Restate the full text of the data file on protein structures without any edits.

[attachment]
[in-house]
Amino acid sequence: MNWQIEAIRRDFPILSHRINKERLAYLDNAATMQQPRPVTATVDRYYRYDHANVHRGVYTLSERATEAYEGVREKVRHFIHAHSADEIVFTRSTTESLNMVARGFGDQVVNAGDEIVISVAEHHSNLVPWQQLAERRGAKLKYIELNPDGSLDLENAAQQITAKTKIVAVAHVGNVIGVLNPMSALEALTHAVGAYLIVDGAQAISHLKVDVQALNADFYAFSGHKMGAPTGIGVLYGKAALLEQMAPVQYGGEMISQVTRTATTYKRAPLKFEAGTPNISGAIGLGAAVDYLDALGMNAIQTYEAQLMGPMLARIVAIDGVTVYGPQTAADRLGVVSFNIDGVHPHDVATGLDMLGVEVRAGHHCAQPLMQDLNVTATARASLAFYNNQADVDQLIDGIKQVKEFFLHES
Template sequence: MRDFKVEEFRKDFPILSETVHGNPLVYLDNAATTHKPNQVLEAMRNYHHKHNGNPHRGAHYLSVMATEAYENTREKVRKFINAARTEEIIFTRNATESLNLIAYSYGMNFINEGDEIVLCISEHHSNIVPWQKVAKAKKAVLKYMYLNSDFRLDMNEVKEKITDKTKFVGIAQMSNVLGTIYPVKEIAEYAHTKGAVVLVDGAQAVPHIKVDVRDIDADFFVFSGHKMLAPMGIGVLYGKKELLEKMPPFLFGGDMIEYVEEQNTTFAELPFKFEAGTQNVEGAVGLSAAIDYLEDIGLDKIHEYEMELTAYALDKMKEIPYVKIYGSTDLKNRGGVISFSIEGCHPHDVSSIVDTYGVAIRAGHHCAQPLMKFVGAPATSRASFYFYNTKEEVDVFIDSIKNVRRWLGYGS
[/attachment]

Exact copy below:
[in-house]
Amino acid sequence: MNWQIEAIRRDFPILSHRINKERLAYLDNAATMQQPRPVTATVDRYYRYDHANVHRGVYTLSERATEAYEGVREKVRHFIHAHSADEIVFTRSTTESLNMVARGFGDQVVNAGDEIVISVAEHHSNLVPWQQLAERRGAKLKYIELNPDGSLDLENAAQQITAKTKIVAVAHVGNVIGVLNPMSALEALTHAVGAYLIVDGAQAISHLKVDVQALNADFYAFSGHKMGAPTGIGVLYGKAALLEQMAPVQYGGEMISQVTRTATTYKRAPLKFEAGTPNISGAIGLGAAVDYLDALGMNAIQTYEAQLMGPMLARIVAIDGVTVYGPQTAADRLGVVSFNIDGVHPHDVATGLDMLGVEVRAGHHCAQPLMQDLNVTATARASLAFYNNQADVDQLIDGIKQVKEFFLHES
Template sequence: MRDFKVEEFRKDFPILSETVHGNPLVYLDNAATTHKPNQVLEAMRNYHHKHNGNPHRGAHYLSVMATEAYENTREKVRKFINAARTEEIIFTRNATESLNLIAYSYGMNFINEGDEIVLCISEHHSNIVPWQKVAKAKKAVLKYMYLNSDFRLDMNEVKEKITDKTKFVGIAQMSNVLGTIYPVKEIAEYAHTKGAVVLVDGAQAVPHIKVDVRDIDADFFVFSGHKMLAPMGIGVLYGKKELLEKMPPFLFGGDMIEYVEEQNTTFAELPFKFEAGTQNVEGAVGLSAAIDYLEDIGLDKIHEYEMELTAYALDKMKEIPYVKIYGSTDLKNRGGVISFSIEGCHPHDVSSIVDTYGVAIRAGHHCAQPLMKFVGAPATSRASFYFYNTKEEVDVFIDSIKNVRRWLGYGS